CASTRO, JoIco DE (1500-1548), called by Camoens Castro Forte, fourth viceroy of the Portuguese Indies, was the son of Alvaro de Castro, civil governor of Lisbon. A younger son, and destined therefore for the church, he became at an early age a brilliant humanist, discover-also a profound capacity for mathematics. The latter he studied under Pedro Nunez, in company with the Infante Dom Luis, son of Emmanuel the Great, with whom he contracted a life-long friendship. At eighteen he went to Tangiers, where he was dubbed knight by Duarte de Menezes the governor, and where he remained several years. In 1535 he accompanied Dom Luis to the siege of Tunis, where he had the honour of refusing knighthood and reward at the hands of the great emperor Charles V. Returning to Lisbon, he received from the king the small commandership of She Pablo de Salvaterra in 1538. He was exceedingly poor, but his wife Lenor de Coutinho, a noble Portuguese lady, the exact date of whose marriage with him is not known, admired and appreciated her husband sufficiently to make light of their poverty. Soon after this he left for the Indies in company with his uncle Garcia de Noronha, and on his arrival at Goa enlisted among the arentureiros, " the bravest of the brave, " told off for the relief of Diu. In 1540 he served on an expedition under Estabao de Gama, by whom his son, Alvaro de Castro, a child of thirteen, was knighted, out of compliment to him. Returning to Portugal, Joao de Castro was named commander of a fleet, in 1543, to clear the European seas of pirates ; and in 1545 he was sent, with six sail, to the Indies, in the room of Martin de Souza, who had been dismissed the viceroyalty. The next three years were the hardest and most brilliant, as they were the last, of this great man's life, - years of battle and struggle, of glory and sorrow, of suffering and triumph. Valiantly seconded by his sons (one of whom, Fernao, was killed before Diu) and by Joao Mascarenhas, Joao de Castro achieved such popularity by the overthrow of Mahmoud, king of Cambodia, by the relief of Diu, and by the defeat of the great army of Adhel Khan, that he could contract a very large loan with the Goa merchants on the simple security of his moustache. These great deeds were followed by the capture of Broach, by the complete subjugation of Malacca, and by the passage of Antonio Moniz into Ceylon ; and in 1517 the great captain was appointed viceroy by Joao III,, who had at last accepted him without mistrust. He did not live long to fill this charge, expiring in the arms of his friend, St Francis Xavier, 6th June of the following year. He was buried at Goa, but his remains were afterwards exhumed and conveyed to Portugal, to be reinterred under a splendid monument in the convent of Bemfica.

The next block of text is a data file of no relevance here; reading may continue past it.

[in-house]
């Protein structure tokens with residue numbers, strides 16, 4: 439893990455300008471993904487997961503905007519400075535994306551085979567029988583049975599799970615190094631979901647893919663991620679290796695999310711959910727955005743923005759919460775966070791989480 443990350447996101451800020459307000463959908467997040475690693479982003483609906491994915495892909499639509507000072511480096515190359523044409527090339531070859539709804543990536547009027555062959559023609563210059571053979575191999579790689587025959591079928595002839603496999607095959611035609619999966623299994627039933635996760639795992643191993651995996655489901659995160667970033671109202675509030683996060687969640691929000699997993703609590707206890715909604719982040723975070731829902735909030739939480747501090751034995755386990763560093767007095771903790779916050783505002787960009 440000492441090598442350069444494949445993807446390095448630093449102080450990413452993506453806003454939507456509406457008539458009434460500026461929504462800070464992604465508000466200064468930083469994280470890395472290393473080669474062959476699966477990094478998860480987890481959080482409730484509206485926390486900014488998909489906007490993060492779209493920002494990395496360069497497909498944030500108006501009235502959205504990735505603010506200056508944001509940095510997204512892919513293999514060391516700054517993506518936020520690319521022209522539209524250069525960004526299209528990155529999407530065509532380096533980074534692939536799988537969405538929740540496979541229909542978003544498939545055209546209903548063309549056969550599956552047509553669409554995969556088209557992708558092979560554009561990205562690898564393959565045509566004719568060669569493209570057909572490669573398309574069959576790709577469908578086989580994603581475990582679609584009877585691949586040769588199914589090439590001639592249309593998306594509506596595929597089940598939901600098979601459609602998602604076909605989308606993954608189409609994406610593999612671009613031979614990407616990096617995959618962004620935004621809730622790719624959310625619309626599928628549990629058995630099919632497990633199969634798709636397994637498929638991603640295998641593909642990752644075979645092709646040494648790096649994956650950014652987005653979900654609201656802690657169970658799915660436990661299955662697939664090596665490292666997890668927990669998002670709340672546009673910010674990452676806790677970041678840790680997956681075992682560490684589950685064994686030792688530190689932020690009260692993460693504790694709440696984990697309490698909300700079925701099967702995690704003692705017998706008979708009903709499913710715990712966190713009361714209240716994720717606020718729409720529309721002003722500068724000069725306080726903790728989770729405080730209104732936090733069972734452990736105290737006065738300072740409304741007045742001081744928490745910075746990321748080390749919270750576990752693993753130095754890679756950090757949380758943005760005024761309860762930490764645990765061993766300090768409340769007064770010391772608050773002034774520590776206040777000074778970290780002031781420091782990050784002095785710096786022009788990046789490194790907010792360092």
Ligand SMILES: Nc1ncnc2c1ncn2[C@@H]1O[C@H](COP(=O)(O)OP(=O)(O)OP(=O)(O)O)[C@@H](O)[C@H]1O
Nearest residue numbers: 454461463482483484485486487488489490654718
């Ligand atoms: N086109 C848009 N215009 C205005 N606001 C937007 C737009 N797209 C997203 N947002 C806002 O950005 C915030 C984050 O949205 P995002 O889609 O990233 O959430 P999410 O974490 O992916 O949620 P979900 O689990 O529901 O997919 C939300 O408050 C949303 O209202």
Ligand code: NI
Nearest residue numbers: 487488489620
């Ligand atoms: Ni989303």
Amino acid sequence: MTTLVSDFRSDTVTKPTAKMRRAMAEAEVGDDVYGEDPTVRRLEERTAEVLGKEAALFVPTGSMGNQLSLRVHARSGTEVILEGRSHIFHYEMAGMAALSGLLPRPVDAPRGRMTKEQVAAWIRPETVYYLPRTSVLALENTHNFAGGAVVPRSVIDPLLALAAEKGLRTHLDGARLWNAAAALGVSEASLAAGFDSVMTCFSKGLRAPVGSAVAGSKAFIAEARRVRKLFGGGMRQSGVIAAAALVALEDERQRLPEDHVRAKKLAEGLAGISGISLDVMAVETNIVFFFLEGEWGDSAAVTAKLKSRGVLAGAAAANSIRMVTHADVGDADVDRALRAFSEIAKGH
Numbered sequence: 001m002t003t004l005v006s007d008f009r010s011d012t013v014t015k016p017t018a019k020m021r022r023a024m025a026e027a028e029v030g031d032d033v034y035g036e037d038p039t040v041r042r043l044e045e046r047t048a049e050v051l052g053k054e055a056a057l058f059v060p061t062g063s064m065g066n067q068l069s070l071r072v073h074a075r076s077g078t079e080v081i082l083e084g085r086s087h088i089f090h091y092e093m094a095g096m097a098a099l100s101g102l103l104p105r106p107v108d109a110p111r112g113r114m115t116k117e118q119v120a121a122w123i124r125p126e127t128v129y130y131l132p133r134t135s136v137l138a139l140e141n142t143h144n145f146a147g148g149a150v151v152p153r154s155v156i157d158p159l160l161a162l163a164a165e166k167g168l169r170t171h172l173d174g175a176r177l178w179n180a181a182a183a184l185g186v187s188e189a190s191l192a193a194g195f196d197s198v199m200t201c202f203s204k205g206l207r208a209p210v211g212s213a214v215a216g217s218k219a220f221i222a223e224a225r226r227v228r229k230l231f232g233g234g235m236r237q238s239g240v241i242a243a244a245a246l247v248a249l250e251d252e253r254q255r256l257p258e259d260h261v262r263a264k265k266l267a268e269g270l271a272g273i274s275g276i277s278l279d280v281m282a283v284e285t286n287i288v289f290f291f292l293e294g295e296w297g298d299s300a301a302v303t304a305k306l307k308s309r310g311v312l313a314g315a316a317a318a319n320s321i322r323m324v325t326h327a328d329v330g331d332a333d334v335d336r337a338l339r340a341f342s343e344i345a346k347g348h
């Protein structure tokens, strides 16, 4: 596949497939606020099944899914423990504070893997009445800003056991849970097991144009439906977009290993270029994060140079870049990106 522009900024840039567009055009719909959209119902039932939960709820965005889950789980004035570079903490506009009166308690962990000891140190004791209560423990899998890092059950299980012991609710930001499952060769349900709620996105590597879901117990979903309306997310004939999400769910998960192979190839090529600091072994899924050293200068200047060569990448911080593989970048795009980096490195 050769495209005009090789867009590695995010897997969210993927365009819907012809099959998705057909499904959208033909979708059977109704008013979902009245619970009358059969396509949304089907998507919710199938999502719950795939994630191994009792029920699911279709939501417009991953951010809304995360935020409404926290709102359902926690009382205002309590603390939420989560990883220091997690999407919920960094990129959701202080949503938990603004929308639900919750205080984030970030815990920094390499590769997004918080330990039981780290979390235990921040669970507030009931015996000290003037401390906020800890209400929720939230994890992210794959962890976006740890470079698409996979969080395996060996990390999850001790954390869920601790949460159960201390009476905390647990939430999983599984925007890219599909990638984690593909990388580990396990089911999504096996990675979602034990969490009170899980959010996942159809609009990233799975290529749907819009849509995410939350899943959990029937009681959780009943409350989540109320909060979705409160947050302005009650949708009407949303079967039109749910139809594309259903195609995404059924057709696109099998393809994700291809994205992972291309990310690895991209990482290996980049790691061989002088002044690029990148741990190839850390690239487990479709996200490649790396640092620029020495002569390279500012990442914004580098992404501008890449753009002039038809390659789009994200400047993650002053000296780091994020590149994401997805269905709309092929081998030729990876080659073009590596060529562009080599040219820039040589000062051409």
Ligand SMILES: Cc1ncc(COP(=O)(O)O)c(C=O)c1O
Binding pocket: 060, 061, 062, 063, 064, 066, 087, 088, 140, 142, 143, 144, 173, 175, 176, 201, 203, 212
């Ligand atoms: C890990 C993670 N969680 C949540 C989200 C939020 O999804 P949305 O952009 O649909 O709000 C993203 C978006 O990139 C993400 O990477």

See Jacinto Freire de Andrade, Vida de D. foal de Castro, Lisbon, 1651, - English translation, by Sir Peter Wyche, 1664; Joao he Barns, Decade secunda da Asia, bk. Roteiro de Dom Joam, de Castro, Paris, 1833. The last is important as fixing the position of Joao de Castro among geographers.